AAA to deploy Brain Fitness Software DriveSharp to Assess and Train Older Driver’s Brains
Posted Jul 14 2009 12:00am
The AAA Foundation for Traffic Safety just started to recommend a new driver safety program called DriveSharp (see AAA and Posit Release Program to Improve Drivers’ Minds), developed by Posit Science. DriveSharp is a computerized cognitive assessment and training tool based on Karlene Ball’s research on older adults’ cognitive fitness and driving.Â
In the press release for the agreement, Peter Kissinger, driver safety research and policy veteran and CEO of the AAA Foundation, says that “Part of making our nation’s roads safer is helping mature drivers who wish to stay active – a quickly growing population – maintain or improve their driving safety.”
We have Peter Kissinger with us to discuss the context for this innovative initiative.
Peter, I appreciate your time. In order to set the context, would you introduce the role and priorities of the AAA Foundation?
Sure. All your readers will know that AAA is the main driver association in North America, with over 50 million members. The AAA Foundation is focused on the research and policy required to improve driver safety and has 4 strategic priorities:
- Introduce a culture of traffic safety. It is an outrage that there is a driving-related death every 13 minutes in the US, and yet, we seem to accept this as status quo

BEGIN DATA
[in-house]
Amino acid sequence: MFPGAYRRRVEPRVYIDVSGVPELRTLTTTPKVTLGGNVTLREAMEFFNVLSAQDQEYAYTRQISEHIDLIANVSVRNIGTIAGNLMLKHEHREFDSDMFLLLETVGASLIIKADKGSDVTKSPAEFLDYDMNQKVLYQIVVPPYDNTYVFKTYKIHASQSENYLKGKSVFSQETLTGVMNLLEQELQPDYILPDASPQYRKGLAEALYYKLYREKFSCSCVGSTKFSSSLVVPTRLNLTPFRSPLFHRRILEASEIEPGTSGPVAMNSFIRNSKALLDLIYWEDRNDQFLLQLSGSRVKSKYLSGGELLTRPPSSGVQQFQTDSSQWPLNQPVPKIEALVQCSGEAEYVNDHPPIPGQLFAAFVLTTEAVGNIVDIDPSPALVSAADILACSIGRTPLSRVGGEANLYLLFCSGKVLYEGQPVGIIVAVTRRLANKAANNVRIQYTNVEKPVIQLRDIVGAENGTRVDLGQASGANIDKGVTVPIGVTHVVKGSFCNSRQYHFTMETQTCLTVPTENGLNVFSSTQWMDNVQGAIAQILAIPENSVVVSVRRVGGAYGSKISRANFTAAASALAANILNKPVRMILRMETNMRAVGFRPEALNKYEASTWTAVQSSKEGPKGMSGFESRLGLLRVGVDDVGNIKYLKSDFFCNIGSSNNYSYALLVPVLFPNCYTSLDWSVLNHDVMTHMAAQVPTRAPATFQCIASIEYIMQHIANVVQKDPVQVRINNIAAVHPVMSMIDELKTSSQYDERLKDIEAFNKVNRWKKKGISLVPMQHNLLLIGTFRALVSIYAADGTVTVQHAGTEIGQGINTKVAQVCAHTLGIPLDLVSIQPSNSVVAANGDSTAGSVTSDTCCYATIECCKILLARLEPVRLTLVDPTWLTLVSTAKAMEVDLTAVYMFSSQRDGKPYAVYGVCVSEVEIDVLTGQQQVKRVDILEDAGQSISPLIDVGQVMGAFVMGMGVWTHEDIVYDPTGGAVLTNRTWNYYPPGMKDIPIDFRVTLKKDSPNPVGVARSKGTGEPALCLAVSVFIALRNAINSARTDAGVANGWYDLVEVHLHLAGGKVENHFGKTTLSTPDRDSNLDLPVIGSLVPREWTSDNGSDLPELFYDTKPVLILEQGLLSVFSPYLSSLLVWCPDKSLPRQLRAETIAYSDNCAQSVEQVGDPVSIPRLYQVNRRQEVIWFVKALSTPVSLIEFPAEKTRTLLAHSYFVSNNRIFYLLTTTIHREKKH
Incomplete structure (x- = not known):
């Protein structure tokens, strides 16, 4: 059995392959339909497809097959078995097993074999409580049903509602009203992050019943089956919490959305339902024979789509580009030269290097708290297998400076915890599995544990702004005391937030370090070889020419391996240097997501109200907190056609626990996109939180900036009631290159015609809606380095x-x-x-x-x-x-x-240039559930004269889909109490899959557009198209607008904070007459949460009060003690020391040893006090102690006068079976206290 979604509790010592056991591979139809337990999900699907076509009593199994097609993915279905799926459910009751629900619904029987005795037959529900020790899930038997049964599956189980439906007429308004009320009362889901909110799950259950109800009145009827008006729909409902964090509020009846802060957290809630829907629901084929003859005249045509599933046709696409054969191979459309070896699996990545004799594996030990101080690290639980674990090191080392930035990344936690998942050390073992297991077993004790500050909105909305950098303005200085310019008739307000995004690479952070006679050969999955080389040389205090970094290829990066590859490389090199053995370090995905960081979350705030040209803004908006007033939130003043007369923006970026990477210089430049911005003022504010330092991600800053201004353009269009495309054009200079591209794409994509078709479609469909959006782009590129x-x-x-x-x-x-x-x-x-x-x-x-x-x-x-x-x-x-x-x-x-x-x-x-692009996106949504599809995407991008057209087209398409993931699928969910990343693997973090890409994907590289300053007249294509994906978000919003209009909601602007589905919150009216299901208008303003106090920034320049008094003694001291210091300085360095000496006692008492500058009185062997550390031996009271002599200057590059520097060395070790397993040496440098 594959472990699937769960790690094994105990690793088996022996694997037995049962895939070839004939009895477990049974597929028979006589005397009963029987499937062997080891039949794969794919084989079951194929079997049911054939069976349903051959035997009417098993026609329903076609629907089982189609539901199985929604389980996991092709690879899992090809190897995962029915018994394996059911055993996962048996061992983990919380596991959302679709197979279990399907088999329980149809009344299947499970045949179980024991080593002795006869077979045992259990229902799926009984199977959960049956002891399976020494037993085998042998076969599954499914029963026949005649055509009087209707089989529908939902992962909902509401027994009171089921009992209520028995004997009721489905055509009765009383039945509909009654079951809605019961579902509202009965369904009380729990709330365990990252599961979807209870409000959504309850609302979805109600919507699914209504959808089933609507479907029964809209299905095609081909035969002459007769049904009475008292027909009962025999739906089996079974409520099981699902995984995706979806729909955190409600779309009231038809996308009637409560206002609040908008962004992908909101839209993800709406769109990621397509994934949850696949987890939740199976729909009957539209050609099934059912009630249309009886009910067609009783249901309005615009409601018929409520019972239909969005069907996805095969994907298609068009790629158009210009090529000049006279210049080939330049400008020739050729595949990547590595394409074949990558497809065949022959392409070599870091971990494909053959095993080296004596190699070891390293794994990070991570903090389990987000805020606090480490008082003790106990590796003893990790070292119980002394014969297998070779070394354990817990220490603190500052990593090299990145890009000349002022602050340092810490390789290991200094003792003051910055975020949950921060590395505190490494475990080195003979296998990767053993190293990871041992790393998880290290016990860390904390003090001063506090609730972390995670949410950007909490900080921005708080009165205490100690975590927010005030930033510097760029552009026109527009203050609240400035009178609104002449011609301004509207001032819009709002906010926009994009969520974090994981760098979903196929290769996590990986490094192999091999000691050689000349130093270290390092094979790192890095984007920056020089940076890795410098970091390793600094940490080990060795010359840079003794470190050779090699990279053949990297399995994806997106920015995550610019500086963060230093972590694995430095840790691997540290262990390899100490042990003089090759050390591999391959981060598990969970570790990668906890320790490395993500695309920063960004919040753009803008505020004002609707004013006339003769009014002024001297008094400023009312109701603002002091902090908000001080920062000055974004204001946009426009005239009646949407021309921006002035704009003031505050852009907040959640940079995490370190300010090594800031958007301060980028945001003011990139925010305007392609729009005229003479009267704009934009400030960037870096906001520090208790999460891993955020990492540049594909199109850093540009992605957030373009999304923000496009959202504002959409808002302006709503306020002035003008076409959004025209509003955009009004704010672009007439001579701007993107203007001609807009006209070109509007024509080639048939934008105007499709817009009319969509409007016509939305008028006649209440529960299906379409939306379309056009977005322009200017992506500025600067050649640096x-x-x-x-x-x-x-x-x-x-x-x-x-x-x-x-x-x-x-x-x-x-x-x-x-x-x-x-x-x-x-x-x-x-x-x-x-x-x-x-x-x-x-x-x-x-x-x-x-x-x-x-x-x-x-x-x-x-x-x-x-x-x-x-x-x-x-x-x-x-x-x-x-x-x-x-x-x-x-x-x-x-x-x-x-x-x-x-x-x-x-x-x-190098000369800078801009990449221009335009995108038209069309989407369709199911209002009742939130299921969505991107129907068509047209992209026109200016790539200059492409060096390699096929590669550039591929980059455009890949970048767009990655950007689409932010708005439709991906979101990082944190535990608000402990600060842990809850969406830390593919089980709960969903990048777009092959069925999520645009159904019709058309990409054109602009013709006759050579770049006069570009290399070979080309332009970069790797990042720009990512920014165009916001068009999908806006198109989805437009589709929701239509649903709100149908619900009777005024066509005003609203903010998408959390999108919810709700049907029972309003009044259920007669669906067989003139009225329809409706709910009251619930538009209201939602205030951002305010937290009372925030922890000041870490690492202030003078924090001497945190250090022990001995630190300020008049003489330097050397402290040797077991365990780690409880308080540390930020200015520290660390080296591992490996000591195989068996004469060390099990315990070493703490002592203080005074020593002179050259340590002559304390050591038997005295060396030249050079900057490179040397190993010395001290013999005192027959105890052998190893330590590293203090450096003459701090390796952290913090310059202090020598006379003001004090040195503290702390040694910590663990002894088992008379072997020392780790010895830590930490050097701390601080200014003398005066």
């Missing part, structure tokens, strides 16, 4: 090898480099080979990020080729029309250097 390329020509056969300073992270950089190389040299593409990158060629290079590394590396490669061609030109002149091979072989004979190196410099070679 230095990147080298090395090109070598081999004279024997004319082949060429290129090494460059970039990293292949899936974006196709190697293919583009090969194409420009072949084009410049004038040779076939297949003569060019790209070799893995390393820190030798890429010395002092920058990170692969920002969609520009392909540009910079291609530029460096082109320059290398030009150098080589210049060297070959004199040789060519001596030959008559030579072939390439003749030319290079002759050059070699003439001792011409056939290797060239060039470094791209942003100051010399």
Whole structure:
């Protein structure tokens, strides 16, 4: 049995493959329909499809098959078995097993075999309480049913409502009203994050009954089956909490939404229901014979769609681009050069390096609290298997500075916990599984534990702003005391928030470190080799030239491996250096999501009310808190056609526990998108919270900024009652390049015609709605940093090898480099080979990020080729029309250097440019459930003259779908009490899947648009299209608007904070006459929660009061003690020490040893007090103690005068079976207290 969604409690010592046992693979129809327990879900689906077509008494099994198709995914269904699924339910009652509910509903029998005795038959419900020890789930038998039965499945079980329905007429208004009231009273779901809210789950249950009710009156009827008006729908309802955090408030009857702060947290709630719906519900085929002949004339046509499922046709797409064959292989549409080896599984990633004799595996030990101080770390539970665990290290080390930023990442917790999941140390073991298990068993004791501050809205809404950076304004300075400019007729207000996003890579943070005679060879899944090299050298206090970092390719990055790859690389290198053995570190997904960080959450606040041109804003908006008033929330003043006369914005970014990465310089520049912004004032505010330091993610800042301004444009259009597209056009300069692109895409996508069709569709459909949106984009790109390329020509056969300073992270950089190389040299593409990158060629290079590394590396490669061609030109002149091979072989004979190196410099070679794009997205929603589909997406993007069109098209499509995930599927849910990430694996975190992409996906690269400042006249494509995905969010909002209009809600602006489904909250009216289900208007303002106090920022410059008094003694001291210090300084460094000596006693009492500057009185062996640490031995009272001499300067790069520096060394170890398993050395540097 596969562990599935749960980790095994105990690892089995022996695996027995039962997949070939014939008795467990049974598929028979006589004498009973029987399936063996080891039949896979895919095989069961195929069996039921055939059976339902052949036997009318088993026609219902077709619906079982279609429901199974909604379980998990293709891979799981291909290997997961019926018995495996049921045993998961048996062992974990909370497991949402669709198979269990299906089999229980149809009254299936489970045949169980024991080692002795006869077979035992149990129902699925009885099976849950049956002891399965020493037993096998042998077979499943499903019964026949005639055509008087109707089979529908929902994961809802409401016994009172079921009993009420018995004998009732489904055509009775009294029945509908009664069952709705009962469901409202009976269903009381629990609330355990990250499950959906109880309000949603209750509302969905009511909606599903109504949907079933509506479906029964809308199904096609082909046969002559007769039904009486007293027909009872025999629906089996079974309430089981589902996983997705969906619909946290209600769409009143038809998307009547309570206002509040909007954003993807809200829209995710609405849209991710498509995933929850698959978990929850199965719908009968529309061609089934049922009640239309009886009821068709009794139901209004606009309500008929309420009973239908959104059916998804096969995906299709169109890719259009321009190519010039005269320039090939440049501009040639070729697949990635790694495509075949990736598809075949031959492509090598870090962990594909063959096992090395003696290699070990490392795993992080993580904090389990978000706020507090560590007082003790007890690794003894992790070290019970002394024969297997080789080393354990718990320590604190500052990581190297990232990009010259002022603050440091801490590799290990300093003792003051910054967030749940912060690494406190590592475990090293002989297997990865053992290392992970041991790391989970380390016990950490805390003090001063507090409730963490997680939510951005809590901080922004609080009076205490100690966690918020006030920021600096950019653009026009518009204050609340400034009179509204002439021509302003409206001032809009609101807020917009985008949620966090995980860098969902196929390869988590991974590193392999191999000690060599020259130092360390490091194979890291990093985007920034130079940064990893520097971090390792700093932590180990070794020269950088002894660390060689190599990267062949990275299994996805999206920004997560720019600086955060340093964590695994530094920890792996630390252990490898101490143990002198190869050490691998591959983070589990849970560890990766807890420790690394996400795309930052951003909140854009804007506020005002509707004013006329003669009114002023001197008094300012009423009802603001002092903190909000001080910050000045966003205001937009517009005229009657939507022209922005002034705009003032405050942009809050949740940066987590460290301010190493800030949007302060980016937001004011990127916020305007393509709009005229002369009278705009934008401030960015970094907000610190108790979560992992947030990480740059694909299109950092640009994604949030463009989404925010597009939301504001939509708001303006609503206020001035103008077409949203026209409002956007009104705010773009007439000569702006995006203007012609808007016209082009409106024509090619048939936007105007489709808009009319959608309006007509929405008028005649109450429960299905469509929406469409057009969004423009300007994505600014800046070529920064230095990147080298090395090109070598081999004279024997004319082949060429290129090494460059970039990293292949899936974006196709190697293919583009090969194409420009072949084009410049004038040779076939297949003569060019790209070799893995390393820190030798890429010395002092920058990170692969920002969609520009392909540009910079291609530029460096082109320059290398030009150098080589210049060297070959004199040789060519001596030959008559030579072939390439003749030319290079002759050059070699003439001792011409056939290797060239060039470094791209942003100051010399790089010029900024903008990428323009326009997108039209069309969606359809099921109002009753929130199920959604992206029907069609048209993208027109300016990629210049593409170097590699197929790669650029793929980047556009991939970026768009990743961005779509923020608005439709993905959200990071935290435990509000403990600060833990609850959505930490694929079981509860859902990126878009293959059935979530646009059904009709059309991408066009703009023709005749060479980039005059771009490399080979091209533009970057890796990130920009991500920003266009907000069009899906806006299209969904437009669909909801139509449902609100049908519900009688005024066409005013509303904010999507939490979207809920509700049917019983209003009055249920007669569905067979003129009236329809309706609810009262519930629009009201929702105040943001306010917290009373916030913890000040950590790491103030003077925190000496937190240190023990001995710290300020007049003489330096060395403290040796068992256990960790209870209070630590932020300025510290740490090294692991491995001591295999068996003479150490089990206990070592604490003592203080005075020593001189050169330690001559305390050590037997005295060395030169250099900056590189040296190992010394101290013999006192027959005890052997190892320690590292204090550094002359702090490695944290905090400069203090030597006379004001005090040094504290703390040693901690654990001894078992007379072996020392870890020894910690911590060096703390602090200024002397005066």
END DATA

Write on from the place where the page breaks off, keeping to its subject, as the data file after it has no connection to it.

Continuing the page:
- Improve road safety, especially on rural roads, where almost 60% of the deaths occur,
- Improve safety among teens, one of the highest risk groups
- Improve safety among seniors, another high-risk group.
In terms of driver-centered interventions, are your priorities are teenage and older drivers?
Yes. You have probably seen the U-shaped risk curve (Editor note: see figure at left)Â that shows how accident risks are very high among teenagers, then decrease and remain stable until our 60s, and then increase again.
We have promoted initiatives such as DriverZED (see www.driverzed.org) to help teenagers better identify and manage the typical sources of risk, so they advance faster through the learning curve. For older drivers we focus on how to balance the privilege of driving with the right of mobility – we know that losing driving independence can bring a variety of negative consequences for the individual.
Given aging population trends, it is clear we need to introduce better systems to balance those two goals you just outlined -safety and mobility. Do you think as a society we are prepared?
I don’t think we are, and I am pessimistic that we will be in the short term. This is a very important problem: official estimates say that the proportion of all drivers who are over 65 years of age will grow from 15% today to 25% in 2025.
Let me give you some background: two years ago we put together a workshop to identify the state of the research and the state of the practice of driver safety among